It allowed companies to use a broad frequency range of 3.1 gigahertz to 10.7 gigahertz of the wireless spectrum, but it limited the range to 10 meters or so in order to ensure there was no interference with police, fire or military radios. The first low-frequency chips did run into interference, so now the new chips are focusing on 6-gigahertz and up.
There are now single-chip solutions coming out, but WiQuest’s own single chip solution came back from the factory dead on arrival. That is, the first prototype didn’t work and it meant the company would need months of reworking. Rather than put more money into the company to fix the chip, the VCs shut it down. Stephen Wood, the WiMedia advocate at Intel and president of the WiMedia Alliance, still believes that one company’s failure won’t doom the industry. He believes that cheaper chips will solve the adoption problem.
“This is a natural phase we are going through where the technology is evolving, the industry is maturing, and consolidation is happening,” Wood said.
The first chip sets were $15. At $8 a chip, where many of the solutions are now, laptop makers and desktop computer makers aren’t likely to adopt the technology. Once it moves to $4 a chip, then Wood believes adoption will take off, just as it did with technologies such as Bluetooth. But a technical article notes that prices are at about $20 now and will hit $5 in 2010.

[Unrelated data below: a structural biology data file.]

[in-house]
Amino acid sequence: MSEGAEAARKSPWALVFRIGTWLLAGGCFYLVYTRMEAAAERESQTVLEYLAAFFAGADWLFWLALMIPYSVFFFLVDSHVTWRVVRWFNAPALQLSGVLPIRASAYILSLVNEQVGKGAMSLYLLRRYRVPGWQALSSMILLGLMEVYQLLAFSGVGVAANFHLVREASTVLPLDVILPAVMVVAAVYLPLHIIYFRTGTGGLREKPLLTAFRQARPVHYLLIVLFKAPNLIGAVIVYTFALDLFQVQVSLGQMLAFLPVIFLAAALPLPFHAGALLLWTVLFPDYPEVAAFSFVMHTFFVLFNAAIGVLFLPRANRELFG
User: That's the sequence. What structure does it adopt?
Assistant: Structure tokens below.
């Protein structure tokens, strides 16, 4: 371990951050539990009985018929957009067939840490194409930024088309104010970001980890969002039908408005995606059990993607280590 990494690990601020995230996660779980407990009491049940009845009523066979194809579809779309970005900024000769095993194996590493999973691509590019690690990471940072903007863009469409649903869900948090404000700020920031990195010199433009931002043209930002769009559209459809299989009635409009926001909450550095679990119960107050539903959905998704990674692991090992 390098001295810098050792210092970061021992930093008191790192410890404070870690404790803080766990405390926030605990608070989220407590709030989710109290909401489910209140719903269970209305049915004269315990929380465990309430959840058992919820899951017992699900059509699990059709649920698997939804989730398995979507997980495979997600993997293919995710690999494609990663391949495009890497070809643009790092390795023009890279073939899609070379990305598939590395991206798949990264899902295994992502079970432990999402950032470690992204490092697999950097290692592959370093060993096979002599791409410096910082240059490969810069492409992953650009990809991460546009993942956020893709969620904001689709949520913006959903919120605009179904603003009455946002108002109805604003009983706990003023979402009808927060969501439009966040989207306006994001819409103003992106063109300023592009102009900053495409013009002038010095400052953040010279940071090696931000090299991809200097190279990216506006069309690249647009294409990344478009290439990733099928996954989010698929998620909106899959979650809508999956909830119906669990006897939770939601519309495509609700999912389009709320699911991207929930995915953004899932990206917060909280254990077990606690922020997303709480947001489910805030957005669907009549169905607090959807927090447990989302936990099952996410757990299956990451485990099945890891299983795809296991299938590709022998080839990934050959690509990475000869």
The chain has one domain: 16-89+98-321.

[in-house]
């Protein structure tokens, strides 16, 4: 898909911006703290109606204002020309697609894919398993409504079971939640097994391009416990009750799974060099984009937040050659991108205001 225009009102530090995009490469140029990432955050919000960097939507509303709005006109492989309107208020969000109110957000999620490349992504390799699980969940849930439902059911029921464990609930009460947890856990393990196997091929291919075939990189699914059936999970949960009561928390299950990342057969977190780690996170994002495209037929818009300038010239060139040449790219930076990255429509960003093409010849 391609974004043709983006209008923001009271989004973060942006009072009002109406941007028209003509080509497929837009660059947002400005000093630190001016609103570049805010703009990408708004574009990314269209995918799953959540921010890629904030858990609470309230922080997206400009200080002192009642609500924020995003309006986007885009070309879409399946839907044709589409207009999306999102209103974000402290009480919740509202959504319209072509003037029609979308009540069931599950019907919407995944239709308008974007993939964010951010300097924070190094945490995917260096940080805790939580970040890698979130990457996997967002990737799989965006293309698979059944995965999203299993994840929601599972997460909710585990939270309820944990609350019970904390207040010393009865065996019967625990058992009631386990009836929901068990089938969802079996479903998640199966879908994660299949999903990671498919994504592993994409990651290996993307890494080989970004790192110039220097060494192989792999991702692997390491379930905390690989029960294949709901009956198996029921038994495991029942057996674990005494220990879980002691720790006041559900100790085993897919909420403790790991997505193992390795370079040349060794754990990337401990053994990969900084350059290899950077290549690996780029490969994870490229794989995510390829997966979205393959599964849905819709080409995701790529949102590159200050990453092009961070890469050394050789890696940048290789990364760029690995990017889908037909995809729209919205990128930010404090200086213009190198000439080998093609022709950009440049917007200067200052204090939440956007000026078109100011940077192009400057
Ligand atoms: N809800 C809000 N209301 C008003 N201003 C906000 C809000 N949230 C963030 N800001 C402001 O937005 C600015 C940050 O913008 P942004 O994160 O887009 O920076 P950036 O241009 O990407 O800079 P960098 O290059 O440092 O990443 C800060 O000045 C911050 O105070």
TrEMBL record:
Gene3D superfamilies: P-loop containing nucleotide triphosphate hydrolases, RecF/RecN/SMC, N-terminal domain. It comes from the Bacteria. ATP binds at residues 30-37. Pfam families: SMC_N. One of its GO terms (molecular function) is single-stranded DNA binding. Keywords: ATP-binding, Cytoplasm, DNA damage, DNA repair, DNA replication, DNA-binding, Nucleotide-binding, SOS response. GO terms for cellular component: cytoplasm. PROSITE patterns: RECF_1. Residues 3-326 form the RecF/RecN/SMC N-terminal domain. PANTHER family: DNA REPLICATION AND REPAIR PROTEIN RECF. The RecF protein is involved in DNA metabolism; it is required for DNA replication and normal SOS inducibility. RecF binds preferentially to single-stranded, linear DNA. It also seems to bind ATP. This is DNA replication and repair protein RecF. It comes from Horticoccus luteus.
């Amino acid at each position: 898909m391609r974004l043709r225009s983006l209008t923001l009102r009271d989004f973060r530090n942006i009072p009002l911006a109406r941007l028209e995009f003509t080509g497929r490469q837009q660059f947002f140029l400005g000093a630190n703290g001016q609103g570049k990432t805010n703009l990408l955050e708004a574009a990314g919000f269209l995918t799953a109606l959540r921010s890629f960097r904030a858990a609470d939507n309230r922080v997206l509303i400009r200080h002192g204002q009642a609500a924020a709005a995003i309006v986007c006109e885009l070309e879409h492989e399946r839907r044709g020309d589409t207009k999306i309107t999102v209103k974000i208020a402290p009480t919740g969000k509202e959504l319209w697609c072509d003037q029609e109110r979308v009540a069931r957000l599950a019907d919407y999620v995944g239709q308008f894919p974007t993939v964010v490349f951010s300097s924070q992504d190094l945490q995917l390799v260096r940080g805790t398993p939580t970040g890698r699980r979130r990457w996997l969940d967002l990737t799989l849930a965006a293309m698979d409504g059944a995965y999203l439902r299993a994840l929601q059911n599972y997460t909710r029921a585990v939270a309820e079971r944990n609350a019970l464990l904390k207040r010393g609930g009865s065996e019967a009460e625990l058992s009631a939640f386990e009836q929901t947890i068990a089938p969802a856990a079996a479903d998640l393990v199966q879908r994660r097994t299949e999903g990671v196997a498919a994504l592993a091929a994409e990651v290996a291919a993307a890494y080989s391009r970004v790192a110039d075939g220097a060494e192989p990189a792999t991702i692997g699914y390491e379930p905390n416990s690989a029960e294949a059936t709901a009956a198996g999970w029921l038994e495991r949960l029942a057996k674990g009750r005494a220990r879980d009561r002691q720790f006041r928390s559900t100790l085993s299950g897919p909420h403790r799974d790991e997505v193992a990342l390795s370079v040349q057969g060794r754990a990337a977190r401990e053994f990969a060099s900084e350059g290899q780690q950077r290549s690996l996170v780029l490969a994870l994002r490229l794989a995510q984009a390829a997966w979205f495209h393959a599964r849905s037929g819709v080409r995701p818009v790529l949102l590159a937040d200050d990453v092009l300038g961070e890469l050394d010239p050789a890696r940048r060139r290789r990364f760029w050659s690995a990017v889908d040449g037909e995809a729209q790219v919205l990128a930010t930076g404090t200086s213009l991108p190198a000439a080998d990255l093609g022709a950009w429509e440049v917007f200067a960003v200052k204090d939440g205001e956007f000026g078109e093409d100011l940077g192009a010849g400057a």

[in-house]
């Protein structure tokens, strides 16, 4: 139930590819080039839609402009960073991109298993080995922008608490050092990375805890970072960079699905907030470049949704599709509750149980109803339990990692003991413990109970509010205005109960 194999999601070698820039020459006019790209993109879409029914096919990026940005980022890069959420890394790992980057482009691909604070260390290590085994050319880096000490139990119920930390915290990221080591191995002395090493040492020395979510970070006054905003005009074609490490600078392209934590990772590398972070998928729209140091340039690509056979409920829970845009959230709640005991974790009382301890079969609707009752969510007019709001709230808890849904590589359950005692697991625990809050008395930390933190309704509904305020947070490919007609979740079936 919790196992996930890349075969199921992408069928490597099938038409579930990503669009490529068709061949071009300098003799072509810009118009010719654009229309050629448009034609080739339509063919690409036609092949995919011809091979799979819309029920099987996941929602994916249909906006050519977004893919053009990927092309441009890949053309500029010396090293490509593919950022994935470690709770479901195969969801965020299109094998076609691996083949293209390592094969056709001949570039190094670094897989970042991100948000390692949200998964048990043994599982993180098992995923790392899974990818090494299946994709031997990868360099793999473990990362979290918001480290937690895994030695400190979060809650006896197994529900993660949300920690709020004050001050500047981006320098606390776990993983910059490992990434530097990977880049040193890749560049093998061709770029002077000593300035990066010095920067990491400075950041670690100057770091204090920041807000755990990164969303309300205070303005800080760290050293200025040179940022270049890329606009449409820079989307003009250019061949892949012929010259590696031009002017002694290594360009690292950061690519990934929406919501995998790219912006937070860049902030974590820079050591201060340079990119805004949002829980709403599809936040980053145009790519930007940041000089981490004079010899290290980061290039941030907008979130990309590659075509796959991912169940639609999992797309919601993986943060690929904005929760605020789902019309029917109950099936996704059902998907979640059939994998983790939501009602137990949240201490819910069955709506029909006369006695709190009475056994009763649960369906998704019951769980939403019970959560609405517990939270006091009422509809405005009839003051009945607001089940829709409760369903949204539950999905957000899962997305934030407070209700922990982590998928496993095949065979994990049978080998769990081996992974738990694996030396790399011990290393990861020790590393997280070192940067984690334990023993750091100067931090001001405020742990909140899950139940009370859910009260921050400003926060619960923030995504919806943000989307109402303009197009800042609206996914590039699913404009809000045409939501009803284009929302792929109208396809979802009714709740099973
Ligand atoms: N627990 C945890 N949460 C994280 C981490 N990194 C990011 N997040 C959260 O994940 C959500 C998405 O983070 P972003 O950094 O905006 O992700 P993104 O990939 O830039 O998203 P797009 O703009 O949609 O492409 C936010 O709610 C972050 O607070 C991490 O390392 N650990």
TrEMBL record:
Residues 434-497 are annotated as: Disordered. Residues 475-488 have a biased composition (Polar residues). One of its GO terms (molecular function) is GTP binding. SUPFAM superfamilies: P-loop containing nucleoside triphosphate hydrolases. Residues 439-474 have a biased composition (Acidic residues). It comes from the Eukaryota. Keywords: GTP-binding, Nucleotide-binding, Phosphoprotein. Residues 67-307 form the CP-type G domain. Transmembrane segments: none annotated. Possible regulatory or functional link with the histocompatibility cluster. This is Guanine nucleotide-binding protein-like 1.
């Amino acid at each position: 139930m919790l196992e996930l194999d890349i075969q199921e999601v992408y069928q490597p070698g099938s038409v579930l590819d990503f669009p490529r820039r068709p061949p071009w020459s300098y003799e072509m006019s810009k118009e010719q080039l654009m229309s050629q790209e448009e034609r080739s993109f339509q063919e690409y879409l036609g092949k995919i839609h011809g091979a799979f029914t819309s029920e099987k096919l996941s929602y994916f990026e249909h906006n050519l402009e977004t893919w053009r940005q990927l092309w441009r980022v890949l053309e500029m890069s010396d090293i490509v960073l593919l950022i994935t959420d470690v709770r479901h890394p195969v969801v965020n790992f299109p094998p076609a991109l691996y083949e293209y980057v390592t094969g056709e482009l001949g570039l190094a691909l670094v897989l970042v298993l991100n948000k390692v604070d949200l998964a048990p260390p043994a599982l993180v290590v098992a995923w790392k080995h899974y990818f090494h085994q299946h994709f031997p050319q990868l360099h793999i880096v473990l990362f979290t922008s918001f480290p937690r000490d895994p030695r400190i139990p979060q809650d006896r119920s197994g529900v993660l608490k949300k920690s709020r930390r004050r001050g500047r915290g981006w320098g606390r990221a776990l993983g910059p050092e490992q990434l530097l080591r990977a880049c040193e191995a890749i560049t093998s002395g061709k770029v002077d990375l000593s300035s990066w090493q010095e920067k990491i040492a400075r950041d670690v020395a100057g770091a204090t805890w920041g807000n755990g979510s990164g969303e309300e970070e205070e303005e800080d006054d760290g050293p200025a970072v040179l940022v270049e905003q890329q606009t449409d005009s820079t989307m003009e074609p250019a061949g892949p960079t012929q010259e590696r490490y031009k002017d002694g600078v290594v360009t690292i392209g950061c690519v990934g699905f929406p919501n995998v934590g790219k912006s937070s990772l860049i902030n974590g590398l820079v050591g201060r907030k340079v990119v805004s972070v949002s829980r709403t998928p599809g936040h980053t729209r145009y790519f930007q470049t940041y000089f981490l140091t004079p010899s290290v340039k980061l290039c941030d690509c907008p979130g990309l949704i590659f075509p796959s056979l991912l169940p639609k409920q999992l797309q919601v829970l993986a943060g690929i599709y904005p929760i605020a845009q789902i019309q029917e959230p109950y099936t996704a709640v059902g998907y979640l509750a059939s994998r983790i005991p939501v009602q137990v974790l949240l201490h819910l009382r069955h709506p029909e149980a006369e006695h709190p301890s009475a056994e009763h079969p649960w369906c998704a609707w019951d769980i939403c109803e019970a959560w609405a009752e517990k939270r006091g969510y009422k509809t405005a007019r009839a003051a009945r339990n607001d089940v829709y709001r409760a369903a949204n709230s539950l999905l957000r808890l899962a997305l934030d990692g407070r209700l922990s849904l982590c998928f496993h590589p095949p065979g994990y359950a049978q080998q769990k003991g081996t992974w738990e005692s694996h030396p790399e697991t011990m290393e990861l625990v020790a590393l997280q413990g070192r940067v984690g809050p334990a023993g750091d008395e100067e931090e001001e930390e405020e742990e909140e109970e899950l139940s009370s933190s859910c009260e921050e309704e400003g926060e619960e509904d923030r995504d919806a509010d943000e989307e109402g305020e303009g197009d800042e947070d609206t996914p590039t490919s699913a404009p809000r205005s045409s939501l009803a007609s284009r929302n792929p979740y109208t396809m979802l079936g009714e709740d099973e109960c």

Wood noted that the technology started with 14 startups, a situation that everyone knew wouldn’t last. Today’s surviving UWB startups include Alereon, Wisair, TZero Technologies, and Staccato Communications. Other players include Realtek, NXP/ST Microlectronics, Sigma Designs, and CSR. Samsung demoed wireless USB technology a couple of weeks ago, hooking cameras, cell phones, TVs and computers to each other via Alereon’s chips. Laptops with wireless USB options built into them are coming from Dell, Lenovo, NEC, Fujitsu, and Toshiba.
But some companies are shifting gears. Radiospire is now shifting from UWB to a new technology, dubbed 60-gigahertz wireless, for transferring high-definition video. SiBeam has also moved ahead with its own rival Wireless HD technology for transferring data using the 60-gigahertz spectrum. TV makers such as Sharp, Panasonic, Mitsubishi and Samung are supporting it.
Meanwhile, Wi-Fi is trying to move up from the 54-megabits per second range to several hundred megabits a second via the 802.11n standard. But Wood says Wi-Fi is still fraught with transmission quality problems. He notes that both Bluetooth and Wi-Fi, which are now pervasive in a wide range of gadgets, also had very slow starts. New radios can take five or more years to gain adoption, especially with regulation and the development of new chips involved.
Over time, new uses will emerge, as people start to download movies from set-top boxes or the TV directly to handheld devices such as the iPods of the future. Wood sees the day when you can download a movie from a kiosk to a handheld just before you get on an airplane. You could do the same for gadgets in cars, or upload camcorder videos wirelessly to a TV. That could be a long way away from today, unfortunately.